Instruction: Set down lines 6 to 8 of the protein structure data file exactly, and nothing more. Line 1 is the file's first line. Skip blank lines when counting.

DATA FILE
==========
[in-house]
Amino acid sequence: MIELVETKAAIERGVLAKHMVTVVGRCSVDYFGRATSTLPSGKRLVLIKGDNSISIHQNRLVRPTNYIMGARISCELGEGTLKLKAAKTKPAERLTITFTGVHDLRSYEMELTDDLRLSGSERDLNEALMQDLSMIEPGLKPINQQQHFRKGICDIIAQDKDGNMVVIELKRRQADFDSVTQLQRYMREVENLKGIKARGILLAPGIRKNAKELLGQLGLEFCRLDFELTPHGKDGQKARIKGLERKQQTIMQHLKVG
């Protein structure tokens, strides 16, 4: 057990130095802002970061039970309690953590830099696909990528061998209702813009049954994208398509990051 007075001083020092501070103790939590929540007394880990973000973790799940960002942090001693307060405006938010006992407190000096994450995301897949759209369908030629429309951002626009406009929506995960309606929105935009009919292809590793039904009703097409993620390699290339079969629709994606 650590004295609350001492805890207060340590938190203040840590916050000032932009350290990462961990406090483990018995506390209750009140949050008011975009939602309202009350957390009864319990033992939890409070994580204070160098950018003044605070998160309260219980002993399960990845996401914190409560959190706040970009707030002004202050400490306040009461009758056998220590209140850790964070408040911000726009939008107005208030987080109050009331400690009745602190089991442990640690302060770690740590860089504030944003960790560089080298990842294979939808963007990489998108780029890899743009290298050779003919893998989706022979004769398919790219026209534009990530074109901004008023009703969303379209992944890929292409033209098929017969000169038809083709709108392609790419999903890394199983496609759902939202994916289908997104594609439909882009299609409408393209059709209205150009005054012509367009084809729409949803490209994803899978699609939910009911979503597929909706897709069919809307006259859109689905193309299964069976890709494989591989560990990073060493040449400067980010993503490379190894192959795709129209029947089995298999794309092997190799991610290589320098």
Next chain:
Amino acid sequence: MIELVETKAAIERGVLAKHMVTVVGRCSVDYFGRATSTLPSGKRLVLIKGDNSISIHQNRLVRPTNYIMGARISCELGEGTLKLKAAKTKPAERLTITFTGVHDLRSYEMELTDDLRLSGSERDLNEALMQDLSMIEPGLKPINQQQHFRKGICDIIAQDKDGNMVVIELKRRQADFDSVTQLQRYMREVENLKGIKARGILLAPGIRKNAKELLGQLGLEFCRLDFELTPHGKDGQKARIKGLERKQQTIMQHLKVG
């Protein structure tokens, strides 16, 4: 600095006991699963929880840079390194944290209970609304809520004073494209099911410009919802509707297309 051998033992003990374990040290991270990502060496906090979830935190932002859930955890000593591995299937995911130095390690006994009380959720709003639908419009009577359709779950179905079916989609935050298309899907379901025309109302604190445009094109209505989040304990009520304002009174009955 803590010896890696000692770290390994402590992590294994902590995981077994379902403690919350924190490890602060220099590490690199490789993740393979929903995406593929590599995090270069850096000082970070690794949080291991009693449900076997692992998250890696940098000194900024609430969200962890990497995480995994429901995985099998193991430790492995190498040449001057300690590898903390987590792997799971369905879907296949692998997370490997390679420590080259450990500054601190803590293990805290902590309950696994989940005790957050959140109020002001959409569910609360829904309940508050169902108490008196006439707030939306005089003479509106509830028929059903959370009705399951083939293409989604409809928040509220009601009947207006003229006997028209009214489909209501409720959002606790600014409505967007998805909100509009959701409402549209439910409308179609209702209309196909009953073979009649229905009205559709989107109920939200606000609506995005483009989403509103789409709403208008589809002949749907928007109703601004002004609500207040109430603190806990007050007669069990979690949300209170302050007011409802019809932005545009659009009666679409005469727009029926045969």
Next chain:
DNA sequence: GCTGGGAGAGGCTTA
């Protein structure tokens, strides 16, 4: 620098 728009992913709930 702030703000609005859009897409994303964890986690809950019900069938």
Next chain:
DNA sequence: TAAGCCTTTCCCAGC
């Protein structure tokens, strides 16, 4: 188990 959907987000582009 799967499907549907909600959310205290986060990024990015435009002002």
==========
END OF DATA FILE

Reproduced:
């Protein structure tokens, strides 16, 4: 600095006991699963929880840079390194944290209970609304809520004073494209099911410009919802509707297309 051998033992003990374990040290991270990502060496906090979830935190932002859930955890000593591995299937995911130095390690006994009380959720709003639908419009009577359709779950179905079916989609935050298309899907379901025309109302604190445009094109209505989040304990009520304002009174009955 803590010896890696000692770290390994402590992590294994902590995981077994379902403690919350924190490890602060220099590490690199490789993740393979929903995406593929590599995090270069850096000082970070690794949080291991009693449900076997692992998250890696940098000194900024609430969200962890990497995480995994429901995985099998193991430790492995190498040449001057300690590898903390987590792997799971369905879907296949692998997370490997390679420590080259450990500054601190803590293990805290902590309950696994989940005790957050959140109020002001959409569910609360829904309940508050169902108490008196006439707030939306005089003479509106509830028929059903959370009705399951083939293409989604409809928040509220009601009947207006003229006997028209009214489909209501409720959002606790600014409505967007998805909100509009959701409402549209439910409308179609209702209309196909009953073979009649229905009205559709989107109920939200606000609506995005483009989403509103789409709403208008589809002949749907928007109703601004002004609500207040109430603190806990007050007669069990979690949300209170302050007011409802019809932005545009659009009666679409005469727009029926045969």
Next chain:
DNA sequence: GCTGGGAGAGGCTTA